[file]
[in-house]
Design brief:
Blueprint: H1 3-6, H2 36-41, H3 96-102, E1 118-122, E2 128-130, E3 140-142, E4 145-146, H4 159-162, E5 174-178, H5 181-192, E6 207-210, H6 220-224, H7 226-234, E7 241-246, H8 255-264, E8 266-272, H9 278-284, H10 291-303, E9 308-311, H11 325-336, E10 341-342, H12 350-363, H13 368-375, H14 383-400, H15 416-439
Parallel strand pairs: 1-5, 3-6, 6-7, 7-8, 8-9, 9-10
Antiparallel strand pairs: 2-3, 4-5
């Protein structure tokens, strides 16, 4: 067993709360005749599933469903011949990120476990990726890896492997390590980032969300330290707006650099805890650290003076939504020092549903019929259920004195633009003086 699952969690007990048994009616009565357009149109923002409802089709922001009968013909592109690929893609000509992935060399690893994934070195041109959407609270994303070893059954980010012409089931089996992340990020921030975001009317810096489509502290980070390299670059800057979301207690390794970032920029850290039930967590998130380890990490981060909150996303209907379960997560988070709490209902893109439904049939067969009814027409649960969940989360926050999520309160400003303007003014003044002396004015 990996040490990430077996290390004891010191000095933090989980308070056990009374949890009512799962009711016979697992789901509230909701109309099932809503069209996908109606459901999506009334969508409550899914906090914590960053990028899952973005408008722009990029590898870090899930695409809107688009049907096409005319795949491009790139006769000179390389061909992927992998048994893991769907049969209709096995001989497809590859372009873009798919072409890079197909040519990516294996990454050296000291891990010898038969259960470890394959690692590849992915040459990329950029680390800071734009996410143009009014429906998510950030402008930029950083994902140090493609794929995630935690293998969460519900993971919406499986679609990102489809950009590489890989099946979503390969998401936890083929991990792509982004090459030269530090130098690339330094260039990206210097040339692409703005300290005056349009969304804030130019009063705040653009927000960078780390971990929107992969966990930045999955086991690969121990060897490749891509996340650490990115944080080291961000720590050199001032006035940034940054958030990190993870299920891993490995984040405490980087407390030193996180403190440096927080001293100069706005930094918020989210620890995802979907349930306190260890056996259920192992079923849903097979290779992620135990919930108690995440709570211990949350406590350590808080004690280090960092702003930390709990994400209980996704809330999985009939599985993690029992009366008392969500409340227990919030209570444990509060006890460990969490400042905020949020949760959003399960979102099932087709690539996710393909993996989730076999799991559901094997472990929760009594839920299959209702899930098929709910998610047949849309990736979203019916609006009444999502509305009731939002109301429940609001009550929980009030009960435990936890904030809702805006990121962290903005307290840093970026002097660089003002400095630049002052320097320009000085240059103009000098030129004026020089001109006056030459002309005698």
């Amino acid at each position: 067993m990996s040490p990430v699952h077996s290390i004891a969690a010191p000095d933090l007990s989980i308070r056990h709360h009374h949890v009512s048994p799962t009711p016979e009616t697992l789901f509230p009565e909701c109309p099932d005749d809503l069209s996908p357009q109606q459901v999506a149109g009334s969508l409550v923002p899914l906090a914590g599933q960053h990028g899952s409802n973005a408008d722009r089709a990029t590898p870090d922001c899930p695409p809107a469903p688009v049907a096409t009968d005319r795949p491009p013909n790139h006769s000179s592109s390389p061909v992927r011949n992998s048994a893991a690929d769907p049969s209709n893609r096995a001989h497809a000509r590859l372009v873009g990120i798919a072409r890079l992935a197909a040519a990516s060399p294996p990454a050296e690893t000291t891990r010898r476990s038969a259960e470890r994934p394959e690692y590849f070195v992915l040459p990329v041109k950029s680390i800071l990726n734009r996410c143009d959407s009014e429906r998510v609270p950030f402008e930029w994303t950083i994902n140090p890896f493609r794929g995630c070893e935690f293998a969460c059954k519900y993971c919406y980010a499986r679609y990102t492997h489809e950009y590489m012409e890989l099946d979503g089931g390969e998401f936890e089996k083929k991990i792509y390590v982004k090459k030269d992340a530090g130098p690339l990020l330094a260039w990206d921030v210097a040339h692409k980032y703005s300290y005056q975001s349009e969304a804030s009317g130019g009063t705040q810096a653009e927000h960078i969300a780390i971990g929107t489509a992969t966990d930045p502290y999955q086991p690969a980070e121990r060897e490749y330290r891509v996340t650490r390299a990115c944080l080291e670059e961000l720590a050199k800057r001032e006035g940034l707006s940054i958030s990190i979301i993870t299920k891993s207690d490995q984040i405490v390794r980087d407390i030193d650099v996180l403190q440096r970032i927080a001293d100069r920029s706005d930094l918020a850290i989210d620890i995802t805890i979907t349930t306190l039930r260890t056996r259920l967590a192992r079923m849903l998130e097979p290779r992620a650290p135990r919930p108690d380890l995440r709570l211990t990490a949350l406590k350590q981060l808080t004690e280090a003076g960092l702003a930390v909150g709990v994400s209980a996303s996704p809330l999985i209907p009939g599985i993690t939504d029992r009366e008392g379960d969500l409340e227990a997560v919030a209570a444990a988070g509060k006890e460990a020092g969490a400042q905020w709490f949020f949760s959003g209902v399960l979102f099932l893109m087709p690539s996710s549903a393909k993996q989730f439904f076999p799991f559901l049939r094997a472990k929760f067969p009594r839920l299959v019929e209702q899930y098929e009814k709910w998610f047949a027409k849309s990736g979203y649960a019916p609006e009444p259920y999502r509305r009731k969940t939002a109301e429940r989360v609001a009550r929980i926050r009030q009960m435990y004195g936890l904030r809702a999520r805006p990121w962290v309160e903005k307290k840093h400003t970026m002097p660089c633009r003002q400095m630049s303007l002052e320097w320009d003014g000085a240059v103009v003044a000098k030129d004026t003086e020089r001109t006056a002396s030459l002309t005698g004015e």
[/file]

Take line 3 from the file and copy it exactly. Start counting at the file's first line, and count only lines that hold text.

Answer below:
Blueprint: H1 3-6, H2 36-41, H3 96-102, E1 118-122, E2 128-130, E3 140-142, E4 145-146, H4 159-162, E5 174-178, H5 181-192, E6 207-210, H6 220-224, H7 226-234, E7 241-246, H8 255-264, E8 266-272, H9 278-284, H10 291-303, E9 308-311, H11 325-336, E10 341-342, H12 350-363, H13 368-375, H14 383-400, H15 416-439